- Allocating any physical requirements for the database
- Securing user profiles and permissions within the database
- Planning, executing, and checking backup strategies for effectiveness
- Migrating the database when necessary
While it’s essential for a database administrator to be able to handle these types of crucial skills, not every DBA will have the same set of experience and abilities. Many administrators will specialize in different areas to best fit their roles. DBAs who focus on maintaining an organizations database tend to work in-house or on contract, but there are other areas in this field as well.
The day-to-day work environment of a DBA can also vary depending on the exact needs of an organization. A database administrator may spend part of their time running regular maintenance checks, or potentially working on a larger project to overhaul and improve the effectiveness of the organization’s database.
In a senior-level position, a DBA can be responsible for delegating different administration tasks to others in their team, as well as coordinating with other members in the IT department to ensure other aspects are running smoothly.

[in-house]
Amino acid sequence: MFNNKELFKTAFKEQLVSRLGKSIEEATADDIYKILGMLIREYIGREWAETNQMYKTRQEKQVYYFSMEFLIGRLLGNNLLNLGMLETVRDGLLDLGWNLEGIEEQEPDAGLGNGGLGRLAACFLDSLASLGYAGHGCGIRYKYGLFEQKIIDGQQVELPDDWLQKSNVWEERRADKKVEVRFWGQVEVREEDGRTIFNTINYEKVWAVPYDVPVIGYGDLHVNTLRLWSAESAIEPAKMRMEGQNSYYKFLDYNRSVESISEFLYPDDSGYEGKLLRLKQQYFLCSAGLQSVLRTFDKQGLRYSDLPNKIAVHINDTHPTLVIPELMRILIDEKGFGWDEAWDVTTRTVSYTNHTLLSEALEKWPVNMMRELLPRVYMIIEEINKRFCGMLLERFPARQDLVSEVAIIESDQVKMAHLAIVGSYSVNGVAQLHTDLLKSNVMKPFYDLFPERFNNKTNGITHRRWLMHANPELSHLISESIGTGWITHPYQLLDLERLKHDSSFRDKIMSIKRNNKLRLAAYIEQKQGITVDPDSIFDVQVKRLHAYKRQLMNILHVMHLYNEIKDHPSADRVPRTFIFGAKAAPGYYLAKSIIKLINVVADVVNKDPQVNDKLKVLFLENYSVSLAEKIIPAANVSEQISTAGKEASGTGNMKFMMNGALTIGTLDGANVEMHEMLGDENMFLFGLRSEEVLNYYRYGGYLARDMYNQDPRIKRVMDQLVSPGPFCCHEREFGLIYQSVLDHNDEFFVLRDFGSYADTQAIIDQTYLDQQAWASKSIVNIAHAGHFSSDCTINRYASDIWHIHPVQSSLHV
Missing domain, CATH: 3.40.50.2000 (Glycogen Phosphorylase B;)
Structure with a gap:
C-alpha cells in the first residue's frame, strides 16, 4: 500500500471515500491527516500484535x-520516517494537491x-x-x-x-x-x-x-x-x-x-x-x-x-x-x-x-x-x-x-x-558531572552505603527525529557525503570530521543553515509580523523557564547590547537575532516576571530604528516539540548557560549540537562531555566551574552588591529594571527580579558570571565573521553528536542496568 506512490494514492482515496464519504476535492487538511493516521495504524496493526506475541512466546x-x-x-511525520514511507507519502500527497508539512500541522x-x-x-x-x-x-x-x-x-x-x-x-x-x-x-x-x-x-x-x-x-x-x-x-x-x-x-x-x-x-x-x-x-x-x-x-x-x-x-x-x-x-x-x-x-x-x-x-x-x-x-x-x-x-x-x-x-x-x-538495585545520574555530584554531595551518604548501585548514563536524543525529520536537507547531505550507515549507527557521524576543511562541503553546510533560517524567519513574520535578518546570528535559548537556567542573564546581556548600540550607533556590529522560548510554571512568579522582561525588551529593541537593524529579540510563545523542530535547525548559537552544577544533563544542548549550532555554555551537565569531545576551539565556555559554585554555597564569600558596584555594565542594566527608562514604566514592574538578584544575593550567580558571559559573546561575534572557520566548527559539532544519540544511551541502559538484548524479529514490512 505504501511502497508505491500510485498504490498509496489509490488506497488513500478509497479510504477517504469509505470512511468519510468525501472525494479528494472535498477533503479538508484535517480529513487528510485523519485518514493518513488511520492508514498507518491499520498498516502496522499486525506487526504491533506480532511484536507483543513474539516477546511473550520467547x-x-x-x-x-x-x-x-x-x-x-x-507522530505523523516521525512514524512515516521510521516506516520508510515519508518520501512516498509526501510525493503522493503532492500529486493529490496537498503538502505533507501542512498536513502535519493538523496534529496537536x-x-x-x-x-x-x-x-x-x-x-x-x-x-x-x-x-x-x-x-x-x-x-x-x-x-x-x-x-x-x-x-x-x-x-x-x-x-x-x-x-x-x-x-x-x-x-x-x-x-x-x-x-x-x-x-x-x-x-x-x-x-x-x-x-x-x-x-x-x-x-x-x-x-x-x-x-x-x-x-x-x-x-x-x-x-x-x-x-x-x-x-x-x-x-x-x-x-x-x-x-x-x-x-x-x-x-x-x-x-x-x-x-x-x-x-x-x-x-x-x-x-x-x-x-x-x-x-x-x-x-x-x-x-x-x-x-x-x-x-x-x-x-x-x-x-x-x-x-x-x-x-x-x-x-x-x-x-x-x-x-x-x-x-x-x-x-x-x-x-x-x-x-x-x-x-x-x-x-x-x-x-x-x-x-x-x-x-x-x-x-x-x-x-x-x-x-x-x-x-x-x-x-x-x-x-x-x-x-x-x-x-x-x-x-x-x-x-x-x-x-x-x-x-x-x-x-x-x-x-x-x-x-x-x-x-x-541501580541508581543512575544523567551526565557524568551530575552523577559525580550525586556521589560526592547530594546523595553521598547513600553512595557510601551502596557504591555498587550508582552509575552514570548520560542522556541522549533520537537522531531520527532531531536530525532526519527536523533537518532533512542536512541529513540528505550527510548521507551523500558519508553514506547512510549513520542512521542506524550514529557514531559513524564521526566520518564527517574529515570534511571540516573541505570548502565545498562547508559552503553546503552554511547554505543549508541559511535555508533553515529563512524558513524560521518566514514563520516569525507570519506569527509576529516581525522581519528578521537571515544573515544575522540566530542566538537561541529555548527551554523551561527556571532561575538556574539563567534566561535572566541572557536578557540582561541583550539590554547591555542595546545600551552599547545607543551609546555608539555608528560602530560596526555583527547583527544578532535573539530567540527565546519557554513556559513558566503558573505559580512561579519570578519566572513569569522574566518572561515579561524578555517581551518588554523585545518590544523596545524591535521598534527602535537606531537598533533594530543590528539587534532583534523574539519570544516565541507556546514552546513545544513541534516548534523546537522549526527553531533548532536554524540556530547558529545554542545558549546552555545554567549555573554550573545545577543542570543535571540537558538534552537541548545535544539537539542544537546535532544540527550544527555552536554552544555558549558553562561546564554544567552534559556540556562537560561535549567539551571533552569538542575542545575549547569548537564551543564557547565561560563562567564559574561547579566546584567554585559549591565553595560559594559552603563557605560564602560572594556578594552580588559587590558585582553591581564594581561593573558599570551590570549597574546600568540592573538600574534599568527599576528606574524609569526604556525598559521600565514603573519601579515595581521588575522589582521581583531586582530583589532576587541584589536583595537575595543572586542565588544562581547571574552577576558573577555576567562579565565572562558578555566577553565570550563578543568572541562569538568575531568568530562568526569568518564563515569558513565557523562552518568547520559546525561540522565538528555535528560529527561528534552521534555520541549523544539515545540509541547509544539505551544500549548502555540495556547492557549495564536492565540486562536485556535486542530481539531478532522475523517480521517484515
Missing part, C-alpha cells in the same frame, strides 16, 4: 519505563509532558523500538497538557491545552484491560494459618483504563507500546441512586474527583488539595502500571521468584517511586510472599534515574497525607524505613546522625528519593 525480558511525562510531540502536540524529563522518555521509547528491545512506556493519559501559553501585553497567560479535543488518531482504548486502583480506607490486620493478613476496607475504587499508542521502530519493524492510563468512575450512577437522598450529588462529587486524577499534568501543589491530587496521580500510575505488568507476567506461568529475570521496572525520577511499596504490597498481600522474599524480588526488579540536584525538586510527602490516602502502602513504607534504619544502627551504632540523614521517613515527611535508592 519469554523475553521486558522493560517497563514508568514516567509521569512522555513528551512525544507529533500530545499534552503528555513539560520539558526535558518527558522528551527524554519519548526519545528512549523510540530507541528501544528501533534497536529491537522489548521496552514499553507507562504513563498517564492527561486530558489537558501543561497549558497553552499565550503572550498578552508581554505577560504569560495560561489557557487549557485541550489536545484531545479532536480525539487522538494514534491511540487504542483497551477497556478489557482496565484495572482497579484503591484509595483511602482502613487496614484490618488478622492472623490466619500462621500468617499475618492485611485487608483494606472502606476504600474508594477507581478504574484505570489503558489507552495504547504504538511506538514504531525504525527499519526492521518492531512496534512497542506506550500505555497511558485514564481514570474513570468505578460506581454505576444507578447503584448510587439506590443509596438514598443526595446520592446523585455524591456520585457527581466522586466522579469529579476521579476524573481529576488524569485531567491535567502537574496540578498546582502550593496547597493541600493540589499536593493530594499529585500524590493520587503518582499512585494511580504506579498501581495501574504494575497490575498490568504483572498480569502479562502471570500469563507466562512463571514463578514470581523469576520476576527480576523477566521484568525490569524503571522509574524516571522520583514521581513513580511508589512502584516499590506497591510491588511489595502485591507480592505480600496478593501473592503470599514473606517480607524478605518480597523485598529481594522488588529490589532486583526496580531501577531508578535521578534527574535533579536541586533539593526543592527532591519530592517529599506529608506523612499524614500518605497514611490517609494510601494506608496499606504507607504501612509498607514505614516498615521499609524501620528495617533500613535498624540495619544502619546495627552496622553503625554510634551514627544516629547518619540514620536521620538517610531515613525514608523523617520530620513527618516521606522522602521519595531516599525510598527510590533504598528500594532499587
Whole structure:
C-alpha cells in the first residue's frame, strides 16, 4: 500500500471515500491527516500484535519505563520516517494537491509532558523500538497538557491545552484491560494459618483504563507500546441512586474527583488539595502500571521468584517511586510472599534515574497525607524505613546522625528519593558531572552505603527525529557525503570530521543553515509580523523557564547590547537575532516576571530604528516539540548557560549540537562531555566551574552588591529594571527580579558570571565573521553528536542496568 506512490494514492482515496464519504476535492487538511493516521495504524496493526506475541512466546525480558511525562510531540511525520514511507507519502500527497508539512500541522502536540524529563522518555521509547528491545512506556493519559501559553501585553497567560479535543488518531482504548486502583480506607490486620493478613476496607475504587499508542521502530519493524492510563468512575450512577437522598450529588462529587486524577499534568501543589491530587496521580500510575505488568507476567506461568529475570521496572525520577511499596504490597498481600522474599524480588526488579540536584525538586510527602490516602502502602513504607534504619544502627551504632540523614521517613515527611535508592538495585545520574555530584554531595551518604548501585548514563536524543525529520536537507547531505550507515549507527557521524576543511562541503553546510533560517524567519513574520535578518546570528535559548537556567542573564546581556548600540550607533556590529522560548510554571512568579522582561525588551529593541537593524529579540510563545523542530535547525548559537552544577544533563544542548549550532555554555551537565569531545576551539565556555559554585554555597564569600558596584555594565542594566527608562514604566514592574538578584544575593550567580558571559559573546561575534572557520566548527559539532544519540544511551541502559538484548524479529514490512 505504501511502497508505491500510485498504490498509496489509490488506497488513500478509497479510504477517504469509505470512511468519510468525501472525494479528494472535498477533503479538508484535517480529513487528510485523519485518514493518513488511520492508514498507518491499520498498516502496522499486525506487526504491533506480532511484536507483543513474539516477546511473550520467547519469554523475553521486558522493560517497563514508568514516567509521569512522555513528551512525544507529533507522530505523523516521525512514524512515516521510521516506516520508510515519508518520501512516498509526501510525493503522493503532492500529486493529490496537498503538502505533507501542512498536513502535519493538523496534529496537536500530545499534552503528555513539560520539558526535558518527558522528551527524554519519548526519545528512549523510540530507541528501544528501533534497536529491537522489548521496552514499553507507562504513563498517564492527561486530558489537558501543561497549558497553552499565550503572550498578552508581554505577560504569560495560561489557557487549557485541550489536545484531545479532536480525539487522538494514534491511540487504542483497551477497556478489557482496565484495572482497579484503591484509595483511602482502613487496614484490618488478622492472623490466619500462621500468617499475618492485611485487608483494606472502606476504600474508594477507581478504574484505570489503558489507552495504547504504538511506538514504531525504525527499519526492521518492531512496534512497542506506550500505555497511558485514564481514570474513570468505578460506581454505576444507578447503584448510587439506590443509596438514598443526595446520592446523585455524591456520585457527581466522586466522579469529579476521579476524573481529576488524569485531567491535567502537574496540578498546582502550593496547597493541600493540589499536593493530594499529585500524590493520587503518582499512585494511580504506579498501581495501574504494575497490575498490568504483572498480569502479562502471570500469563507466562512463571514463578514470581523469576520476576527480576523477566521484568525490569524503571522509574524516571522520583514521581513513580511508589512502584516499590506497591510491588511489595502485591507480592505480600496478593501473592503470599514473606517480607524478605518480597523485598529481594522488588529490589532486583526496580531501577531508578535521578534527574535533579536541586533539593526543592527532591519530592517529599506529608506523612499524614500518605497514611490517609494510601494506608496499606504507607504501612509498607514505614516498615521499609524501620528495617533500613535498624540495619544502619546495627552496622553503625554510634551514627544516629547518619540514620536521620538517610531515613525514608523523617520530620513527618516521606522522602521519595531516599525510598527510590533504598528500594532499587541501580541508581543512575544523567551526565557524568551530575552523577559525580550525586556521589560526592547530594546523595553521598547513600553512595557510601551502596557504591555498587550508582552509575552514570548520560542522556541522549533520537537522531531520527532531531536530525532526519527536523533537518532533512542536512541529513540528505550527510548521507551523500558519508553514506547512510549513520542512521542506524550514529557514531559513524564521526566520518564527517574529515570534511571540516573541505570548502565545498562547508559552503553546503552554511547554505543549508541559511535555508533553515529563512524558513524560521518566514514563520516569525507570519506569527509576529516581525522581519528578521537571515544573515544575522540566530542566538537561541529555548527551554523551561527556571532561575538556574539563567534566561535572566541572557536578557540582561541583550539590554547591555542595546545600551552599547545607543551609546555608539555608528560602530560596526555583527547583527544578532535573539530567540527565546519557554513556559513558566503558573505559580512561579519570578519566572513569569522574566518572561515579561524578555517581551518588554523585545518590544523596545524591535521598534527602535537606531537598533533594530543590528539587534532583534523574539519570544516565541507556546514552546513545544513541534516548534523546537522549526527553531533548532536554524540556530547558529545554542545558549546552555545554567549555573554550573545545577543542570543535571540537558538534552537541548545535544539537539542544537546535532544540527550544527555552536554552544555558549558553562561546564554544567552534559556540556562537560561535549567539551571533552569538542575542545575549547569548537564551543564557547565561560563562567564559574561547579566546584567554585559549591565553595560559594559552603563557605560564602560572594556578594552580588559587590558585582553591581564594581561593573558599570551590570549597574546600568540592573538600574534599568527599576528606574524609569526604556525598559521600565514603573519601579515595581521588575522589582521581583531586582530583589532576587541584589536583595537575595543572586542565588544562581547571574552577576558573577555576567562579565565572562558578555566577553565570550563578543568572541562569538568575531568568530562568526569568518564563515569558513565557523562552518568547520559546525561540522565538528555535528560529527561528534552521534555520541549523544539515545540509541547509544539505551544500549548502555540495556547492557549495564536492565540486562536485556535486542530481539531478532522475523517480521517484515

Are There Different Types Of Database Administrators?
A database administrator may also be someone who specializes in designing databases in the first place. Instead of working for an organization, these DBAs tend to be part of a specialized software company and work in a team to develop larger applications. While sharing many of the same skill sets as a DBA, a more accurate descriptor for this position can be “database designer.”
Other DBA positions can also involve optimizing the performance of various databases, sometimes those that work in tandem with each other (known as performance or tuning database administrators) or integrating applications with the databases they use, which tends to involve in-depth knowledge of query languages, such as SQL (known as application database administrators).
No matter which specialization of DBA, the position involves a strong understanding of databases and their structures, the challenge of being responsible for large pools of data and making it easily accessible, and the ability to work with the specific needs of an organization. As such, two DBAs may have different responsibilities but still share many core skills.
What’s The Pay Look Like For A Database Administrator?